While I was having a coffee with my family in the rotating café in New York one guy asked us if we were from Spain. I told him we were from Argentina, and he commented 'but you speak Spanish... or Castilian' like hinting it was the correct form of the name. I answered 'yes, it's the same' to which he responded he thought we called latinamerican Spanish Castilian rather than Spanish. The concept took me by surprise, but the most astounding fact was that many people in Latinamerica actually think this. They think Castilian is a term used just for Latinamerica.
This is not so.
Actually there is no real 'Spanish' as such, if you take that to mean that all of the Kingdom of Spain has actually only one language, which is not so. When the kings of Castile unified the whole country under one ruling house they established the speech of the kingdom's capital as the standard for the kingdom's language, which happened to be the Castilian variety of Romance. This is the language the spanish brought with them to America, and it is the language spoken in most of the continent, with a great number of variants.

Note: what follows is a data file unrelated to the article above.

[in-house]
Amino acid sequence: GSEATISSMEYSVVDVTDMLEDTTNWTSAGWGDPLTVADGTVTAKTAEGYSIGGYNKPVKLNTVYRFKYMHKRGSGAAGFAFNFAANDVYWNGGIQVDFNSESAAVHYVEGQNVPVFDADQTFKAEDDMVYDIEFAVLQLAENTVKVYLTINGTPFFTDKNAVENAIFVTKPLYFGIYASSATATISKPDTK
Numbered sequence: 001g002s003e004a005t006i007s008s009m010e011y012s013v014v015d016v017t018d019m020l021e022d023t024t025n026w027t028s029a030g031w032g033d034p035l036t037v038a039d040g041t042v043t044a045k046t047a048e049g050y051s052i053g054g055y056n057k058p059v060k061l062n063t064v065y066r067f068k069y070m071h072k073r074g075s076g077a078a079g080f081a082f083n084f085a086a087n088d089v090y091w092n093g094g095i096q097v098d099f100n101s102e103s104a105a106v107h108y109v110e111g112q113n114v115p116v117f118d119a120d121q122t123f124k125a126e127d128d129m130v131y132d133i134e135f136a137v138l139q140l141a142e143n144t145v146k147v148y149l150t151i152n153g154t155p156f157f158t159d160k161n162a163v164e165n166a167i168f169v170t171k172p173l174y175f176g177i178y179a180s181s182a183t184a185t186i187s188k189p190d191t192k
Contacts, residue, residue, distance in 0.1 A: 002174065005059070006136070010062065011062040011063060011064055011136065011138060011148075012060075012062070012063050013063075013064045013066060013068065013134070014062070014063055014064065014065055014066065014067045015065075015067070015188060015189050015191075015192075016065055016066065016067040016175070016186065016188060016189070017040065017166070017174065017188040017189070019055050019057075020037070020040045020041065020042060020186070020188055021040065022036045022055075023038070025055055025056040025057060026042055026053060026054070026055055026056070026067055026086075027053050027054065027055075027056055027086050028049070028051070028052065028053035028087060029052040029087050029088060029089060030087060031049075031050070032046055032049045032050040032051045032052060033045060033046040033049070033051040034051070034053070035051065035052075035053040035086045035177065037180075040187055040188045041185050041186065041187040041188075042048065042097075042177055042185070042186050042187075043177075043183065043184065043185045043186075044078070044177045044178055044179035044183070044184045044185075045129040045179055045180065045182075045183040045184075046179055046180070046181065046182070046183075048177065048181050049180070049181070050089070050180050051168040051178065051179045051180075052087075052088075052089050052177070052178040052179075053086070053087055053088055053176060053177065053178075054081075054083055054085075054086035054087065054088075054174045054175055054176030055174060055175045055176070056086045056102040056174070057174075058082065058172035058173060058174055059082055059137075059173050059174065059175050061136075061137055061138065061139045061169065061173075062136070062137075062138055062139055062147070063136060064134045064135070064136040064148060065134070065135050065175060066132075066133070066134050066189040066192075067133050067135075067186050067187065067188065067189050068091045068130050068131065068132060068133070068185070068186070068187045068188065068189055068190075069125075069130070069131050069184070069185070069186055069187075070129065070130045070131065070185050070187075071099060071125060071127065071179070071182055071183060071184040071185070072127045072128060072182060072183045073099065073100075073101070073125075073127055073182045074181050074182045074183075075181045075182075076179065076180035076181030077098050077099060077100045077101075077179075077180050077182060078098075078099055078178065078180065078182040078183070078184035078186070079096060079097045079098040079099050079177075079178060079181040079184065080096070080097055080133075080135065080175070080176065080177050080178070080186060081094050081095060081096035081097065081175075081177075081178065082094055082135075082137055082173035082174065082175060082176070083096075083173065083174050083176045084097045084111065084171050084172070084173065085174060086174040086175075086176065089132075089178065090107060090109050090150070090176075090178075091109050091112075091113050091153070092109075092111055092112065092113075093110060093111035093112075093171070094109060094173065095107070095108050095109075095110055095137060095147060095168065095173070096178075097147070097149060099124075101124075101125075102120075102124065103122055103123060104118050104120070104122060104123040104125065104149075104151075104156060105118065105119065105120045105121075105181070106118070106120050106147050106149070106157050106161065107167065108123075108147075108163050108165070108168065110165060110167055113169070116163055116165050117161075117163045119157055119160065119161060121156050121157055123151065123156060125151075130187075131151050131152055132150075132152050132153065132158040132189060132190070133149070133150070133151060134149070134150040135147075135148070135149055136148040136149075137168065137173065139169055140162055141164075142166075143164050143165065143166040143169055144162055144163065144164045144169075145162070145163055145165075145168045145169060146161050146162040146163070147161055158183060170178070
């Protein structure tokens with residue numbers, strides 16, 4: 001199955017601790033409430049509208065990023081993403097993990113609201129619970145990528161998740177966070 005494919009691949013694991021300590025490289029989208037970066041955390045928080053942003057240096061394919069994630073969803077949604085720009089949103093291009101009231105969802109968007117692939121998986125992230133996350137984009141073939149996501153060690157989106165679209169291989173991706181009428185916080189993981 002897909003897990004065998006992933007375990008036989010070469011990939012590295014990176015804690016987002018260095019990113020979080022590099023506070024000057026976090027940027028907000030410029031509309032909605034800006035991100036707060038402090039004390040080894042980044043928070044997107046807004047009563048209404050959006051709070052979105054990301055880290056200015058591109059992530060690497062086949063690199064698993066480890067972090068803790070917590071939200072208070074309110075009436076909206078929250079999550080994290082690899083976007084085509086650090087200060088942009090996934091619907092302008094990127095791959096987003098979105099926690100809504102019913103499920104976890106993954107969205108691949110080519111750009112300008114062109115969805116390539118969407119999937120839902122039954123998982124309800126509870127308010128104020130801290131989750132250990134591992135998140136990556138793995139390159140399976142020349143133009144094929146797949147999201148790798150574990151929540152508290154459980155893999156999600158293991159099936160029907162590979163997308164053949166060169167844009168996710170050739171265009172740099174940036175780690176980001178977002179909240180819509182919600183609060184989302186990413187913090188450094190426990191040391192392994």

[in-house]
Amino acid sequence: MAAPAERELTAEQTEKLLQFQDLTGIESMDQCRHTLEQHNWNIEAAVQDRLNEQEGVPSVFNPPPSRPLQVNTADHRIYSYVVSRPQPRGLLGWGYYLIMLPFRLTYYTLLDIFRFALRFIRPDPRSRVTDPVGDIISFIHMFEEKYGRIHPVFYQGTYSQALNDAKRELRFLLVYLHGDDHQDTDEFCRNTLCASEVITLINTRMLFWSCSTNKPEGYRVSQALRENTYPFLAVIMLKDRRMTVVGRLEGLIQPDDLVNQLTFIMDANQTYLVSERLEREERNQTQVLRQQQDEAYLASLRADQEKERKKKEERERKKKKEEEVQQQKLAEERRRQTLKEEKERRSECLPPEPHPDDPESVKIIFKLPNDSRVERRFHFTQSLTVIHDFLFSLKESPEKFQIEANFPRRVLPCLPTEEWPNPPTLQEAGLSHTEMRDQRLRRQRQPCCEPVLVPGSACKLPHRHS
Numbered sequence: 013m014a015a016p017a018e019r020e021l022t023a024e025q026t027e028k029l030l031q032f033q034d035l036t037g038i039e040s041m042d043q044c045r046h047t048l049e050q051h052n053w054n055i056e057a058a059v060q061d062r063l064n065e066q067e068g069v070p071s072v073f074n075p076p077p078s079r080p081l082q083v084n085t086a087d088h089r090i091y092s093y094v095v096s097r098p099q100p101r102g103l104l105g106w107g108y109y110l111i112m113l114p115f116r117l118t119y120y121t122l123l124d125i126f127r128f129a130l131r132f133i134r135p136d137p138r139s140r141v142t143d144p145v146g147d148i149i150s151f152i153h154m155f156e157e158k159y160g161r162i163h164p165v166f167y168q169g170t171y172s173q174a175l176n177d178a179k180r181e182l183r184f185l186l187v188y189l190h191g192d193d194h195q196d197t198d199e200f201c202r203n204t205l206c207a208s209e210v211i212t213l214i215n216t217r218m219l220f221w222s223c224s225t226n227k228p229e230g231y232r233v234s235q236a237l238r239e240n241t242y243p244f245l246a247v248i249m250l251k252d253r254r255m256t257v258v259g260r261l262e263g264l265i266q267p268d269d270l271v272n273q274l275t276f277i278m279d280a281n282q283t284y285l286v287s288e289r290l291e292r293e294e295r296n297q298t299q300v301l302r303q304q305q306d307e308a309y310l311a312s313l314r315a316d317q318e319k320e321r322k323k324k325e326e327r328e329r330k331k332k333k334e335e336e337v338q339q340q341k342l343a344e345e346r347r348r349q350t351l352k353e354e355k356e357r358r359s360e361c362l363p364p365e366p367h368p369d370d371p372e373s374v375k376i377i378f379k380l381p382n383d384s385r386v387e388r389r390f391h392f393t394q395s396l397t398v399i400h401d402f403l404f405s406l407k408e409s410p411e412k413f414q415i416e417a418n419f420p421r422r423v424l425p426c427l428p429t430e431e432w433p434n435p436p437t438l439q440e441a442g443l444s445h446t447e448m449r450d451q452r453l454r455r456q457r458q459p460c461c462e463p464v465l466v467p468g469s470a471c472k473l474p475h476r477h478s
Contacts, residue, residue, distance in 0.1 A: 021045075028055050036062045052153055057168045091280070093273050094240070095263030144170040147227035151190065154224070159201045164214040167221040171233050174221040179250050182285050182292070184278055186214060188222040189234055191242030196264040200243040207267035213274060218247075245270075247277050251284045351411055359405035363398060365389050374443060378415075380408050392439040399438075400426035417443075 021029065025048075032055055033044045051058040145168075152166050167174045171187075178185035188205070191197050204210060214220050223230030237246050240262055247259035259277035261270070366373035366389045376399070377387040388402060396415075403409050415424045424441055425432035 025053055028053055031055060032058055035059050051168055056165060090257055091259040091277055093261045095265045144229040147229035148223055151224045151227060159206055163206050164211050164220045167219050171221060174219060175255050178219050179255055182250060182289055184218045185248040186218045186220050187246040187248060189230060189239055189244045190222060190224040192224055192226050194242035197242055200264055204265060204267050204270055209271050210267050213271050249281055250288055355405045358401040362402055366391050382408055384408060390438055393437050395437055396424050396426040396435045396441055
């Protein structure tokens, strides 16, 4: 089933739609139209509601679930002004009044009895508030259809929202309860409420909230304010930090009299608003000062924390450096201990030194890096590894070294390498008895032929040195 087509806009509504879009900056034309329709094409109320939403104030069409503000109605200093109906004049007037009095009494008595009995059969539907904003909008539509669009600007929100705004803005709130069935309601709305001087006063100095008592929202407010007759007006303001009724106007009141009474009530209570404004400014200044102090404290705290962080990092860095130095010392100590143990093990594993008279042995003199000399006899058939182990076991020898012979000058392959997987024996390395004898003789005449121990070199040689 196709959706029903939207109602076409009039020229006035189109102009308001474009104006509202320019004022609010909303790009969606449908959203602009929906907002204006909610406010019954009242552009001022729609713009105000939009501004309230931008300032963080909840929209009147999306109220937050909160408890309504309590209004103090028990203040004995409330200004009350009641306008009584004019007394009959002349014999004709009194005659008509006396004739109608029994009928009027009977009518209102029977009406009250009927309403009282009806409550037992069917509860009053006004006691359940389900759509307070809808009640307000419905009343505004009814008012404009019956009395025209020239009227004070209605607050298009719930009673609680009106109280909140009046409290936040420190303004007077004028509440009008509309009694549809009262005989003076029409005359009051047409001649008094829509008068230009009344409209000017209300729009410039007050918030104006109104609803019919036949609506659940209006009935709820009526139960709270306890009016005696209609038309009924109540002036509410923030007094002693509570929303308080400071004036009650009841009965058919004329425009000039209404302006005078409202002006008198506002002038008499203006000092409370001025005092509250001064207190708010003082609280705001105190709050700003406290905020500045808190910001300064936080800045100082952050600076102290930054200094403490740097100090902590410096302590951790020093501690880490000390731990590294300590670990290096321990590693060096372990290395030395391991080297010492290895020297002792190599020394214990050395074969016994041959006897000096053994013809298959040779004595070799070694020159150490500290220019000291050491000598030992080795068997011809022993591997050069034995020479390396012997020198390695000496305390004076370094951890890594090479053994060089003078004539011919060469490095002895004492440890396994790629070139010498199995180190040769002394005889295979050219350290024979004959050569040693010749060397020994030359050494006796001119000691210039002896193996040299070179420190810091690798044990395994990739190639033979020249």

Spaniard Spanish is no less Castilian than American Spanish. If you take 'Spanish' to mean 'the official language of Spain', but actually Spain has many languages, most of them romance (Catalan, Galician, Aragonese, Leonese, and many more) or even isolates (Basque, and many different dialects and variants).
So at best you can either call Castilian to all forms of the Spanish which is official in Spain and used in all Hispano-american countries or call Spanish to all of its forms.
But the error does exist even in native speakers in the american continent. Another example of how Spanish tends to categorize and split and assign concrete meanings to all its words trying to turn all synonyms into different words for different concepts.